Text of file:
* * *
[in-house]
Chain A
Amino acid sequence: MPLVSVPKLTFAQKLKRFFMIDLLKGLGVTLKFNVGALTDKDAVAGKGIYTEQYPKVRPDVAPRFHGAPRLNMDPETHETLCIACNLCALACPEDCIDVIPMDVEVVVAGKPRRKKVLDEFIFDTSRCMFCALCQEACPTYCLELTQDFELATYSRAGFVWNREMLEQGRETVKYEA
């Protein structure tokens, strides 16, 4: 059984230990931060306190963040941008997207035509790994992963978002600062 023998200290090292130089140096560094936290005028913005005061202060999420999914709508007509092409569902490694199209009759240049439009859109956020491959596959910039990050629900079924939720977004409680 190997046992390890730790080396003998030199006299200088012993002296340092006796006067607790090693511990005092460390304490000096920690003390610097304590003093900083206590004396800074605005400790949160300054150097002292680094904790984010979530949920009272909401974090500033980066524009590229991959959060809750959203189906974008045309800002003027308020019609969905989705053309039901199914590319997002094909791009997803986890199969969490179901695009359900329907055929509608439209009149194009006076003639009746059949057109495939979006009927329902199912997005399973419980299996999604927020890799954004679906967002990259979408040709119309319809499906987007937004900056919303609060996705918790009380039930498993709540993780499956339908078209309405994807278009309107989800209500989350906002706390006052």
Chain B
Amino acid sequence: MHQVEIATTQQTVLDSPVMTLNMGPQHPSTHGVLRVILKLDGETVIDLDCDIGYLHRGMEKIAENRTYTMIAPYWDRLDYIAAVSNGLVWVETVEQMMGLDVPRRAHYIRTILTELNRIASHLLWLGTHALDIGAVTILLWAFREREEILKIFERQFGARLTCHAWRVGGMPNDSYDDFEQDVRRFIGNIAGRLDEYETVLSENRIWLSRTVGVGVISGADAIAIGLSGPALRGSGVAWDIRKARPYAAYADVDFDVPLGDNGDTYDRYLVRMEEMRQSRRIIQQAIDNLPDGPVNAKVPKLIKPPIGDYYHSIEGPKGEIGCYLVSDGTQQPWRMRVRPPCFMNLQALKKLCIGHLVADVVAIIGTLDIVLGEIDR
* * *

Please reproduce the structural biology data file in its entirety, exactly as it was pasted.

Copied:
[in-house]
Chain A
Amino acid sequence: MPLVSVPKLTFAQKLKRFFMIDLLKGLGVTLKFNVGALTDKDAVAGKGIYTEQYPKVRPDVAPRFHGAPRLNMDPETHETLCIACNLCALACPEDCIDVIPMDVEVVVAGKPRRKKVLDEFIFDTSRCMFCALCQEACPTYCLELTQDFELATYSRAGFVWNREMLEQGRETVKYEA
């Protein structure tokens, strides 16, 4: 059984230990931060306190963040941008997207035509790994992963978002600062 023998200290090292130089140096560094936290005028913005005061202060999420999914709508007509092409569902490694199209009759240049439009859109956020491959596959910039990050629900079924939720977004409680 190997046992390890730790080396003998030199006299200088012993002296340092006796006067607790090693511990005092460390304490000096920690003390610097304590003093900083206590004396800074605005400790949160300054150097002292680094904790984010979530949920009272909401974090500033980066524009590229991959959060809750959203189906974008045309800002003027308020019609969905989705053309039901199914590319997002094909791009997803986890199969969490179901695009359900329907055929509608439209009149194009006076003639009746059949057109495939979006009927329902199912997005399973419980299996999604927020890799954004679906967002990259979408040709119309319809499906987007937004900056919303609060996705918790009380039930498993709540993780499956339908078209309405994807278009309107989800209500989350906002706390006052």
Chain B
Amino acid sequence: MHQVEIATTQQTVLDSPVMTLNMGPQHPSTHGVLRVILKLDGETVIDLDCDIGYLHRGMEKIAENRTYTMIAPYWDRLDYIAAVSNGLVWVETVEQMMGLDVPRRAHYIRTILTELNRIASHLLWLGTHALDIGAVTILLWAFREREEILKIFERQFGARLTCHAWRVGGMPNDSYDDFEQDVRRFIGNIAGRLDEYETVLSENRIWLSRTVGVGVISGADAIAIGLSGPALRGSGVAWDIRKARPYAAYADVDFDVPLGDNGDTYDRYLVRMEEMRQSRRIIQQAIDNLPDGPVNAKVPKLIKPPIGDYYHSIEGPKGEIGCYLVSDGTQQPWRMRVRPPCFMNLQALKKLCIGHLVADVVAIIGTLDIVLGEIDR